Detective McDonald was shot three times by a suspect in 1986 leaving him a quadriplegic requiring a ventilator, whose wife Patricia was pregnant with Conor at the time of the shooting.

As Patricia, who is now in her tenth year as mayor of Malverne, Long Island, sat in a front pew, her son described how Tom came into their lives immediately after the shooting. He became a fixture in their family, as an aid in any way possible.

Conor grew up with Tom telling him children-appropriate tales of catching bad guys and winning battles. He filled in when Steven’s round-the-clock care workers were unable to make it, or any other need arose.

Tom was soon to marry – for the first time. He had reconnected with a childhood friend, Pat, and she is as warm, focused, genuine and plain-spoken as Tom had been; they were a perfect match.

This particular fact of his life’s end was bittersweet for Tom’s loved ones. So delighted he had found true love, and so heartbroken he was only able to live it for one beautiful year.


Because of his loyalty and discretion, one quickly realized that while Tom was their dear friend, whom they could count on at a moment’s notice, he was this to another, and another, and dozens more. Your editor’s story may help illustrate.

At the time of his death, I had known Tom almost exactly 15 years. In 2002 a fellow Marine and NYPD officer, Det. Alex Kitsakos, NYPD suggested I write about him for my then-new feature news publication about unsung USMC heroes. That story depicts my perception of Tom then, and my perception never changed.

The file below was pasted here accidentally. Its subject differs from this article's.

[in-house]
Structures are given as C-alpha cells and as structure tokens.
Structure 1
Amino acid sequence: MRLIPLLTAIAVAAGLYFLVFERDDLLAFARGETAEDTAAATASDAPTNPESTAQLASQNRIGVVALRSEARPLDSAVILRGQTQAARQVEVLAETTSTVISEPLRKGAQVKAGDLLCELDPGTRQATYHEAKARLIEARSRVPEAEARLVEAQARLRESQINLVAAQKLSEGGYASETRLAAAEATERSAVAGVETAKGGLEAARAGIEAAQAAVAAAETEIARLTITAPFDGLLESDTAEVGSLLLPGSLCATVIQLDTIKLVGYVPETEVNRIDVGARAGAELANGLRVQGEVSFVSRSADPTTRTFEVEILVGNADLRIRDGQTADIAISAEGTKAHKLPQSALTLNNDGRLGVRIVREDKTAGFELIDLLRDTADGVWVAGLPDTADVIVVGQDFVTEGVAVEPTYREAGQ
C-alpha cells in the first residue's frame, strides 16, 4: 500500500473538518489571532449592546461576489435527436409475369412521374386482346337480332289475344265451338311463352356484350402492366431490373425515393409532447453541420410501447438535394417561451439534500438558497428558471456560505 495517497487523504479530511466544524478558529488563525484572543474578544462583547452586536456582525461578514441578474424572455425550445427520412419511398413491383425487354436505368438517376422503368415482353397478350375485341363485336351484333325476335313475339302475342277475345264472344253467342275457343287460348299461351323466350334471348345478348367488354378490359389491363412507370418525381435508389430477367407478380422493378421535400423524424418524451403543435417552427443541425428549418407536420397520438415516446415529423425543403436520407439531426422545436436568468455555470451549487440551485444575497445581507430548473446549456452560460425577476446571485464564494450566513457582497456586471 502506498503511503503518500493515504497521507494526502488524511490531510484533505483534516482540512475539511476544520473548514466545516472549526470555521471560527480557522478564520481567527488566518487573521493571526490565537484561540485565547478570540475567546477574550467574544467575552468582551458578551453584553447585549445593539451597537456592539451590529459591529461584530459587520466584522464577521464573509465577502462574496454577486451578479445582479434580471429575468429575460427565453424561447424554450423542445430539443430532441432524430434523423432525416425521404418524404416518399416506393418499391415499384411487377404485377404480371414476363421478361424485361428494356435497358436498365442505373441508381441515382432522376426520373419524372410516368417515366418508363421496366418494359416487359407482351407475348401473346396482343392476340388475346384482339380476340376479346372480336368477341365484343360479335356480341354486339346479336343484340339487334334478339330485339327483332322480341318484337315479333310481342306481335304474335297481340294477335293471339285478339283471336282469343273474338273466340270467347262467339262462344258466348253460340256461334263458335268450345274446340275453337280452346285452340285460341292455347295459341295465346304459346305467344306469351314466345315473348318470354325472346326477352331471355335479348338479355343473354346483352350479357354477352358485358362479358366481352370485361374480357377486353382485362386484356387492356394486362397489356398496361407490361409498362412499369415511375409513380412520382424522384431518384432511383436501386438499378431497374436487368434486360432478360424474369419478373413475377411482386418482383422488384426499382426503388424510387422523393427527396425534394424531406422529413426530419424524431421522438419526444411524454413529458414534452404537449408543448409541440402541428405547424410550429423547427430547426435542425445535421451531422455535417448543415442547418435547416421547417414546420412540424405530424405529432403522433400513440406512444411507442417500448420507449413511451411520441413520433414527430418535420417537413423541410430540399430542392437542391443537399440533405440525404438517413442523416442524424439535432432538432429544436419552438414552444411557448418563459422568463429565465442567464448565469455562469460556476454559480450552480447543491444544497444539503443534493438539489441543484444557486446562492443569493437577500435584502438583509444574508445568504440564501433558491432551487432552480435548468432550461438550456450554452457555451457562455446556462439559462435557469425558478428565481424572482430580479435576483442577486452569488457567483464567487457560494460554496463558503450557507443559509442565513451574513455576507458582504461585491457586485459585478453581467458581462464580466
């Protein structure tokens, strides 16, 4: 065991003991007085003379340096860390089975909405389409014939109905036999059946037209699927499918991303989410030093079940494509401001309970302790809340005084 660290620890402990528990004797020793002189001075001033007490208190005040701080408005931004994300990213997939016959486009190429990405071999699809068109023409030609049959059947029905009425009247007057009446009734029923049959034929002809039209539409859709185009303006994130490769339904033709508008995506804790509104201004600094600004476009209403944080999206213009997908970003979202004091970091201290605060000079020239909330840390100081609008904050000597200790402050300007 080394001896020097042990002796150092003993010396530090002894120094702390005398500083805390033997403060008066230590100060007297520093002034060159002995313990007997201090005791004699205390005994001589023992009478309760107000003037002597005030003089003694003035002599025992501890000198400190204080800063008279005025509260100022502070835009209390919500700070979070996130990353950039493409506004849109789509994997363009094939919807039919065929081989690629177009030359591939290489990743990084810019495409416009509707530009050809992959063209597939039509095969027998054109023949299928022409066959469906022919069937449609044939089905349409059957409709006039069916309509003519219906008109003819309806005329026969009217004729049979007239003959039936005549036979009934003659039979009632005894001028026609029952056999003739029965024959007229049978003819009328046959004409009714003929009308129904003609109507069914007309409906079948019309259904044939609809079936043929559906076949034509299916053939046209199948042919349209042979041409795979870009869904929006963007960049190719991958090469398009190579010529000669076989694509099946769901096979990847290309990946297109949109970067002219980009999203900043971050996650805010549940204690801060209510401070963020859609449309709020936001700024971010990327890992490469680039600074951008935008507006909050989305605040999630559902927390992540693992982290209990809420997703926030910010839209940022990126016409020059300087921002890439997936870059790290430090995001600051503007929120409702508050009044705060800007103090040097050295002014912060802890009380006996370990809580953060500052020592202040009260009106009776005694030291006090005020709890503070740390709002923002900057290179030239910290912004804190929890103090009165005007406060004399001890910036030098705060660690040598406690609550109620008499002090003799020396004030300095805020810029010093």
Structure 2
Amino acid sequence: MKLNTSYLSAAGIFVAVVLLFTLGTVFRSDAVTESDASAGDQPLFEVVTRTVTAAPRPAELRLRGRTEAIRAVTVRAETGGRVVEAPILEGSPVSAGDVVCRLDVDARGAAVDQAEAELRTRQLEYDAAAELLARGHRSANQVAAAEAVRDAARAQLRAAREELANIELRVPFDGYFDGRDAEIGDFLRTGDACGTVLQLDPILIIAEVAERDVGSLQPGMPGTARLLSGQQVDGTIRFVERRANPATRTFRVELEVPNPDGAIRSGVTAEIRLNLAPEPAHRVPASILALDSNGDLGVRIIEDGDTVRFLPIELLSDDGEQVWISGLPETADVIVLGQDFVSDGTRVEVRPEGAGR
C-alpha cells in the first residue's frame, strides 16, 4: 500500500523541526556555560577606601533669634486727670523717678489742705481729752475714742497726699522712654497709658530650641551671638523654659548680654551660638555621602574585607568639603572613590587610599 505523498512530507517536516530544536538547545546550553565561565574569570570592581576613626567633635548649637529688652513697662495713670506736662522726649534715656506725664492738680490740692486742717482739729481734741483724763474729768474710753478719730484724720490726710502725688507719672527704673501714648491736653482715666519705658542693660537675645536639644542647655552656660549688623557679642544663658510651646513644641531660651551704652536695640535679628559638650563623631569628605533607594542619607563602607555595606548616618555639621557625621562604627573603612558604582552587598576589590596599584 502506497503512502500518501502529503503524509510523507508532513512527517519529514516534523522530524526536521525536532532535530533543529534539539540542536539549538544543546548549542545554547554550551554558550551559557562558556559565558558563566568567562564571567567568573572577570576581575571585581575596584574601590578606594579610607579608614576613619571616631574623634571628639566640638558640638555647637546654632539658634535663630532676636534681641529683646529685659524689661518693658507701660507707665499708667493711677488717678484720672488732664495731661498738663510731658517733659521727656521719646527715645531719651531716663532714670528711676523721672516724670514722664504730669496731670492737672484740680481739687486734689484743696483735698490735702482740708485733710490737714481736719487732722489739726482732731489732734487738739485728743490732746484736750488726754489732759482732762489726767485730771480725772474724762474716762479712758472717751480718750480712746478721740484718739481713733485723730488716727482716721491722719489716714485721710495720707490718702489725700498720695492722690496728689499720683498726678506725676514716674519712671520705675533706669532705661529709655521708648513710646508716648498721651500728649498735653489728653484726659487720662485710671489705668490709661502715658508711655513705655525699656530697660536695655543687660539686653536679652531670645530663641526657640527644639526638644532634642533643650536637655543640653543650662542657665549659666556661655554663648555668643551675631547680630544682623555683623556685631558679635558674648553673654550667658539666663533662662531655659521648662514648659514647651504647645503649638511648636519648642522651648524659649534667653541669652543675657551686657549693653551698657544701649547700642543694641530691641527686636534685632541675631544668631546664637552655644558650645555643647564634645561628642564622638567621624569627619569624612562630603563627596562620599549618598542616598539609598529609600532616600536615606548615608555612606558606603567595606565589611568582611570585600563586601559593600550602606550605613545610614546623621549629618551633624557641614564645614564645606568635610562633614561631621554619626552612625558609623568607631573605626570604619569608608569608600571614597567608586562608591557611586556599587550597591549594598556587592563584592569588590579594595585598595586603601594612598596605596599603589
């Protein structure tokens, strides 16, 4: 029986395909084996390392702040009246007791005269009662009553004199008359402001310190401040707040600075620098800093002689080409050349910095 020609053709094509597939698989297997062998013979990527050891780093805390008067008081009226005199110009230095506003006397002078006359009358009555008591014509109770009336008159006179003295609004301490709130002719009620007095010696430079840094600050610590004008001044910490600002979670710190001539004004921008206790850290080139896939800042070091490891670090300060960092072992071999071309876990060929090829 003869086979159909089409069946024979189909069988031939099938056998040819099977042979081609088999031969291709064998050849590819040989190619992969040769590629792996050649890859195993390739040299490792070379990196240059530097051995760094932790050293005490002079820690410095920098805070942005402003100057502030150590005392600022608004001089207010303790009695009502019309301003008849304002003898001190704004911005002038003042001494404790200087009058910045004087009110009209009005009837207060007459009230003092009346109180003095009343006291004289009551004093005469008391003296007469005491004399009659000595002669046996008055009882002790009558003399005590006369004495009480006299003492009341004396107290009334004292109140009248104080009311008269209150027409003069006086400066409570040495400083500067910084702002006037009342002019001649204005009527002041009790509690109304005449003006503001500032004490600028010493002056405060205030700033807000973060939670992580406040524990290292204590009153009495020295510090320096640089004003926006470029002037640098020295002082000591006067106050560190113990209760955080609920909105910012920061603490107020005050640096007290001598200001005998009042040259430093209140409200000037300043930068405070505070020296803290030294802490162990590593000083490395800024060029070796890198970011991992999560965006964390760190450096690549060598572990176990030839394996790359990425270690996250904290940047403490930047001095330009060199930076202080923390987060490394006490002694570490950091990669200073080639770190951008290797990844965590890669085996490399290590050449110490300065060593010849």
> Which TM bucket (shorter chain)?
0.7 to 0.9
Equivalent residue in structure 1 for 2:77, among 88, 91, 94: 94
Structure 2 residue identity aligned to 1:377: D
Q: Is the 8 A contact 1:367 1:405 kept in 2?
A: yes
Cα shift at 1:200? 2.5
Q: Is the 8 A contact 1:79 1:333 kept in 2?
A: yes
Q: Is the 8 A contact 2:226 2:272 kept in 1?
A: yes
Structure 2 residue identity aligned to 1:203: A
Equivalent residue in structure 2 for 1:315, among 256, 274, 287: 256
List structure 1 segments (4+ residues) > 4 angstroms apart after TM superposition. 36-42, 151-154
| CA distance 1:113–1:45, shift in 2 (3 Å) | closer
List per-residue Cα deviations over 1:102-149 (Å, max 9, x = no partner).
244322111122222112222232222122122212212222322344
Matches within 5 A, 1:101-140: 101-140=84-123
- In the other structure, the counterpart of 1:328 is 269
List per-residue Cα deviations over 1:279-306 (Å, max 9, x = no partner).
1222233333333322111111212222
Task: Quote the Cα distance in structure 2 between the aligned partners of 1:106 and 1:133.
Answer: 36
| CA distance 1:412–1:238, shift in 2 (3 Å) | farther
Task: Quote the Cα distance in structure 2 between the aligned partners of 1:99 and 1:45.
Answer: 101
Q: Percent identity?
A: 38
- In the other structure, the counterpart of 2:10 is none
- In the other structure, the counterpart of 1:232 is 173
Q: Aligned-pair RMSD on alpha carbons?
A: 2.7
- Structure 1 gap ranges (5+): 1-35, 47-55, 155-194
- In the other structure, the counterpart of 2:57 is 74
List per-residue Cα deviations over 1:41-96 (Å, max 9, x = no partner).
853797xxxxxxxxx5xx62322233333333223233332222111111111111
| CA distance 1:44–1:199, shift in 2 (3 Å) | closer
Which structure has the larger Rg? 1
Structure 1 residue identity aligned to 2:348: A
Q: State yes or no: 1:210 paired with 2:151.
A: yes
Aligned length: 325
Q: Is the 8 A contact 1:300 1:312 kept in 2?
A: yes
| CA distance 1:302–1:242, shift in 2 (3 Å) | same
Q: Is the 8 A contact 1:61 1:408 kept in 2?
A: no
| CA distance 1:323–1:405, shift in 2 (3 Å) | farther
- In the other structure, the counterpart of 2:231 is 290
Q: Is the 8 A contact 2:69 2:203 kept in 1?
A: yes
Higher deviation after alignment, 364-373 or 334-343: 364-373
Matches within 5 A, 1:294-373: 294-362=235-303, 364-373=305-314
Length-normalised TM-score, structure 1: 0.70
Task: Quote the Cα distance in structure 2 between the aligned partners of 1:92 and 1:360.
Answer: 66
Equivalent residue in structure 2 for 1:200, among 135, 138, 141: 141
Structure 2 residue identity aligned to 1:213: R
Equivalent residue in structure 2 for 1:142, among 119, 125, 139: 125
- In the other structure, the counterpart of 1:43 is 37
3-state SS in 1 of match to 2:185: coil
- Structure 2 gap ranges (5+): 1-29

Tom had the manner of a nobleman. He was calm and displayed outstanding manners. He was charming, and could converse with one from any walk of life. His appearance was never without attention to detail, perfect tailoring, grooming and suit for occasion. This was more than the Corps or even his mother bestowed; he has that very unusual trait which is only borne into a person, true class.

Because CorpsStories would follow the lives of Marines in all types of circumstances, your editor understood a writer must be welcomed and demonstrate great respect of such. There arose occasions when it best someone accompanied for the most important interview missions, Special Assignments.

Tom Nerney was the only suitable candidate to accompany; there would never be a worry of decorum meeting this nation’s highest level of rank, authority or celebrity with him as project partner.

He accompanied me to National Military Medical Center Bethesda, to write about our Marine Liaisons. To the shores of New Jersey to visit USMC Artist in Residence Col. Charles Waterhouse. To a high rise in Manhattan to write about the USMC Public Affairs Officer, Maj. Dave Andersen. He assisted all we mourners during the Quantico National Cemetery funeral of USMC writer Maj. Gene Duncan. And earlier covering when Maj. Duncan and other notable USMC retirees visited Ground Zero for the first time post-9/11.

He never wanted to be part of the story; he wanted these Marines to shine. But he gave outstanding counsel as to how best to tell their story. He was an emissary between me, a Navy Reserve and Associated Press correspondent journalist, and these important Marines. His value to these assignments was immeasurable. His value to this publication was immeasurable.